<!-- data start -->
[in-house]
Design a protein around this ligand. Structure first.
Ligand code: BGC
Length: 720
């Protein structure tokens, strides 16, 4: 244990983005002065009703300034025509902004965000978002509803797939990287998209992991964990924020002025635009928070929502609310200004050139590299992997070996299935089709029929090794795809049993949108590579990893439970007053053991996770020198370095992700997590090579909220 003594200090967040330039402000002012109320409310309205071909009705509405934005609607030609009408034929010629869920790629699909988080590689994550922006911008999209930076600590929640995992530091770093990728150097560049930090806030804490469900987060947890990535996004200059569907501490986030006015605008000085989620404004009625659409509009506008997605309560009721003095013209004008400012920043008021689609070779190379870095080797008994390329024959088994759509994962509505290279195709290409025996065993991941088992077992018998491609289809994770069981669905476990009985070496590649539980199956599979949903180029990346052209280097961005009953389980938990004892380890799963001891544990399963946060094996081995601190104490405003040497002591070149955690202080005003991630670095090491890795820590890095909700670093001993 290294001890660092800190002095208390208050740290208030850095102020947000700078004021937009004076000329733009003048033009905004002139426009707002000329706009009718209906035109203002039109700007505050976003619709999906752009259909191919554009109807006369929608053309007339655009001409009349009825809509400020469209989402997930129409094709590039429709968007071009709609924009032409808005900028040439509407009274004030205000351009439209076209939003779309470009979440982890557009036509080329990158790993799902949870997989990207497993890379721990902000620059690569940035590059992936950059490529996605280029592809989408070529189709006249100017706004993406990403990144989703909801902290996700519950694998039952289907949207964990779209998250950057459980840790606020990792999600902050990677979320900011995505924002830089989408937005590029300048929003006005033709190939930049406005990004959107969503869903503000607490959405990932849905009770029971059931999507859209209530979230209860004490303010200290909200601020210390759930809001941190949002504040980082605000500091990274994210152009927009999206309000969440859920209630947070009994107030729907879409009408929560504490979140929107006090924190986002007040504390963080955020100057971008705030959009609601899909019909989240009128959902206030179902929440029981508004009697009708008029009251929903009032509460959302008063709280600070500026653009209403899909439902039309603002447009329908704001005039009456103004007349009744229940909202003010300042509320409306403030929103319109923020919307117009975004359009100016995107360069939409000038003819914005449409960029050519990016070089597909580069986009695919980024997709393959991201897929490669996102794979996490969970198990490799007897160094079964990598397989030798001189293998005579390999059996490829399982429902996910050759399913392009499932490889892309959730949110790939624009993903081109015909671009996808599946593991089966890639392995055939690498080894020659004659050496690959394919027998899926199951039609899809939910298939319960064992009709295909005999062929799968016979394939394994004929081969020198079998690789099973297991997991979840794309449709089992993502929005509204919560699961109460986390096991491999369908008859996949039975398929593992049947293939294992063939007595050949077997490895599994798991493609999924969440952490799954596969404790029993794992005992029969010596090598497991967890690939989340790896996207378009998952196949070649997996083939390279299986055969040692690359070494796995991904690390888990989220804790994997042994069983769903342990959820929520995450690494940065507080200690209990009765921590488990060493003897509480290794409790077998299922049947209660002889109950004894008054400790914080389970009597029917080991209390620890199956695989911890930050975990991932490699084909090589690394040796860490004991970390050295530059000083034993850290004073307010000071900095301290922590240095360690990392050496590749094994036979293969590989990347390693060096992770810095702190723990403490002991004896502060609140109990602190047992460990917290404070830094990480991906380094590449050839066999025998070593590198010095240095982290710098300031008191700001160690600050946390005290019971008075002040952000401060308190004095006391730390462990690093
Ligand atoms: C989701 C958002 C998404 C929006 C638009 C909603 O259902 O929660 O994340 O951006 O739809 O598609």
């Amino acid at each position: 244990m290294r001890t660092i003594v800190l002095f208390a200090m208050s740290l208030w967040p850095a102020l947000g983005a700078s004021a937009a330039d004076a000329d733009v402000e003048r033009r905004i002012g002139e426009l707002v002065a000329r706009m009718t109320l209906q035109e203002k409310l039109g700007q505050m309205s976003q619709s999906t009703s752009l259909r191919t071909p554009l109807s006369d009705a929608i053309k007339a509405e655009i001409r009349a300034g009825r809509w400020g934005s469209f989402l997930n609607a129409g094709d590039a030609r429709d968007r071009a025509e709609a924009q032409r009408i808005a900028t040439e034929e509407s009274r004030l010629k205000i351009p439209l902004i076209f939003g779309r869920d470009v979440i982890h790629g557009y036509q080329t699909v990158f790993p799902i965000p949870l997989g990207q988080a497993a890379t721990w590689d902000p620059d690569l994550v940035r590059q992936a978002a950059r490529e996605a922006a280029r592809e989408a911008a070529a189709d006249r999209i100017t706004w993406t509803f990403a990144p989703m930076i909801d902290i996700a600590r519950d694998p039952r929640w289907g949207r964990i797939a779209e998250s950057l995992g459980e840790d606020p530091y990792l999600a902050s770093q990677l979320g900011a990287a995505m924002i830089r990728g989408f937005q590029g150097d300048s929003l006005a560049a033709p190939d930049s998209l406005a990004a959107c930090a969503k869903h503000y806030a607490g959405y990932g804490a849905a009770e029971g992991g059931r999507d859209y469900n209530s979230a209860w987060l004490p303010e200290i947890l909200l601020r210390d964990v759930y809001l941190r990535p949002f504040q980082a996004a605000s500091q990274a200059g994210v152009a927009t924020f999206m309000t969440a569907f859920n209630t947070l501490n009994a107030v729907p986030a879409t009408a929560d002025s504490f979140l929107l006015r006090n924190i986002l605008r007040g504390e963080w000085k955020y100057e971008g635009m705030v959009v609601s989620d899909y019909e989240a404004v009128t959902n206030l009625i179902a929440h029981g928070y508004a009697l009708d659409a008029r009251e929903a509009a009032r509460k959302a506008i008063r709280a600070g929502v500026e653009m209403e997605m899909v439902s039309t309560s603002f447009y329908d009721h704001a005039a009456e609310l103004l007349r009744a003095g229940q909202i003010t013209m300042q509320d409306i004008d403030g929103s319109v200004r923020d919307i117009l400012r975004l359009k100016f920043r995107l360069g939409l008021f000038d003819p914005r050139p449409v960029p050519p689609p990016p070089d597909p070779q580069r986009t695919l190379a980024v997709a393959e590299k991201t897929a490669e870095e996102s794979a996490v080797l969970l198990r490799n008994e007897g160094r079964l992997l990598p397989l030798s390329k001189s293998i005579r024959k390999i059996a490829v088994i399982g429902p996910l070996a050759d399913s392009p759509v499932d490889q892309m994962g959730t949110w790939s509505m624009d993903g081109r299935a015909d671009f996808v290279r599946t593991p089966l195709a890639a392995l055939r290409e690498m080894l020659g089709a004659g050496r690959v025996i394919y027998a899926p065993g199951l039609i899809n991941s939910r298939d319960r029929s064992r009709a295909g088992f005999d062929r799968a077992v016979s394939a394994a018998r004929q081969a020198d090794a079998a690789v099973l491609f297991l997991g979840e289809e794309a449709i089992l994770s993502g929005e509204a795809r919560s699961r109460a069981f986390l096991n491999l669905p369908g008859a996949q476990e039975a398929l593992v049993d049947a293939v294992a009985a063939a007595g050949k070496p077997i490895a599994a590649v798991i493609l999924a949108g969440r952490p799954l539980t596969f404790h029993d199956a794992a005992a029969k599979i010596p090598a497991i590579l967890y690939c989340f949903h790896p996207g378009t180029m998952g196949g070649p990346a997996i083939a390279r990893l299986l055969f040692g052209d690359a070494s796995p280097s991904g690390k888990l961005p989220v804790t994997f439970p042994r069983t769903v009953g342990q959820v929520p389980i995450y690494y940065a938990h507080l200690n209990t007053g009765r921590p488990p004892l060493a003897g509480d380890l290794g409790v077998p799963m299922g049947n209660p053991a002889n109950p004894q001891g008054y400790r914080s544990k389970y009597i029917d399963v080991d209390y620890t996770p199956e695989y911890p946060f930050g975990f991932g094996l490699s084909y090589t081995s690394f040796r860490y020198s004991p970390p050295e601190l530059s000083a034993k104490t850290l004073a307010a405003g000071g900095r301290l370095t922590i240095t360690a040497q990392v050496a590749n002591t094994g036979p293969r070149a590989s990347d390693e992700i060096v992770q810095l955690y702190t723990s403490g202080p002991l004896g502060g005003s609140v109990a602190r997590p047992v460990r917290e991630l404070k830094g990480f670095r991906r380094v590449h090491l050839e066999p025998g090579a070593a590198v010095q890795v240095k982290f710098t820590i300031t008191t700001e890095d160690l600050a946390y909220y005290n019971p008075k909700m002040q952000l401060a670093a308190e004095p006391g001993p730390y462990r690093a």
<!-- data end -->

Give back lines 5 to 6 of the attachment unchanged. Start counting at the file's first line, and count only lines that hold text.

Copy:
């Protein structure tokens, strides 16, 4: 244990983005002065009703300034025509902004965000978002509803797939990287998209992991964990924020002025635009928070929502609310200004050139590299992997070996299935089709029929090794795809049993949108590579990893439970007053053991996770020198370095992700997590090579909220 003594200090967040330039402000002012109320409310309205071909009705509405934005609607030609009408034929010629869920790629699909988080590689994550922006911008999209930076600590929640995992530091770093990728150097560049930090806030804490469900987060947890990535996004200059569907501490986030006015605008000085989620404004009625659409509009506008997605309560009721003095013209004008400012920043008021689609070779190379870095080797008994390329024959088994759509994962509505290279195709290409025996065993991941088992077992018998491609289809994770069981669905476990009985070496590649539980199956599979949903180029990346052209280097961005009953389980938990004892380890799963001891544990399963946060094996081995601190104490405003040497002591070149955690202080005003991630670095090491890795820590890095909700670093001993 290294001890660092800190002095208390208050740290208030850095102020947000700078004021937009004076000329733009003048033009905004002139426009707002000329706009009718209906035109203002039109700007505050976003619709999906752009259909191919554009109807006369929608053309007339655009001409009349009825809509400020469209989402997930129409094709590039429709968007071009709609924009032409808005900028040439509407009274004030205000351009439209076209939003779309470009979440982890557009036509080329990158790993799902949870997989990207497993890379721990902000620059690569940035590059992936950059490529996605280029592809989408070529189709006249100017706004993406990403990144989703909801902290996700519950694998039952289907949207964990779209998250950057459980840790606020990792999600902050990677979320900011995505924002830089989408937005590029300048929003006005033709190939930049406005990004959107969503869903503000607490959405990932849905009770029971059931999507859209209530979230209860004490303010200290909200601020210390759930809001941190949002504040980082605000500091990274994210152009927009999206309000969440859920209630947070009994107030729907879409009408929560504490979140929107006090924190986002007040504390963080955020100057971008705030959009609601899909019909989240009128959902206030179902929440029981508004009697009708008029009251929903009032509460959302008063709280600070500026653009209403899909439902039309603002447009329908704001005039009456103004007349009744229940909202003010300042509320409306403030929103319109923020919307117009975004359009100016995107360069939409000038003819914005449409960029050519990016070089597909580069986009695919980024997709393959991201897929490669996102794979996490969970198990490799007897160094079964990598397989030798001189293998005579390999059996490829399982429902996910050759399913392009499932490889892309959730949110790939624009993903081109015909671009996808599946593991089966890639392995055939690498080894020659004659050496690959394919027998899926199951039609899809939910298939319960064992009709295909005999062929799968016979394939394994004929081969020198079998690789099973297991997991979840794309449709089992993502929005509204919560699961109460986390096991491999369908008859996949039975398929593992049947293939294992063939007595050949077997490895599994798991493609999924969440952490799954596969404790029993794992005992029969010596090598497991967890690939989340790896996207378009998952196949070649997996083939390279299986055969040692690359070494796995991904690390888990989220804790994997042994069983769903342990959820929520995450690494940065507080200690209990009765921590488990060493003897509480290794409790077998299922049947209660002889109950004894008054400790914080389970009597029917080991209390620890199956695989911890930050975990991932490699084909090589690394040796860490004991970390050295530059000083034993850290004073307010000071900095301290922590240095360690990392050496590749094994036979293969590989990347390693060096992770810095702190723990403490002991004896502060609140109990602190047992460990917290404070830094990480991906380094590449050839066999025998070593590198010095240095982290710098300031008191700001160690600050946390005290019971008075002040952000401060308190004095006391730390462990690093
Ligand atoms: C989701 C958002 C998404 C929006 C638009 C909603 O259902 O929660 O994340 O951006 O739809 O598609």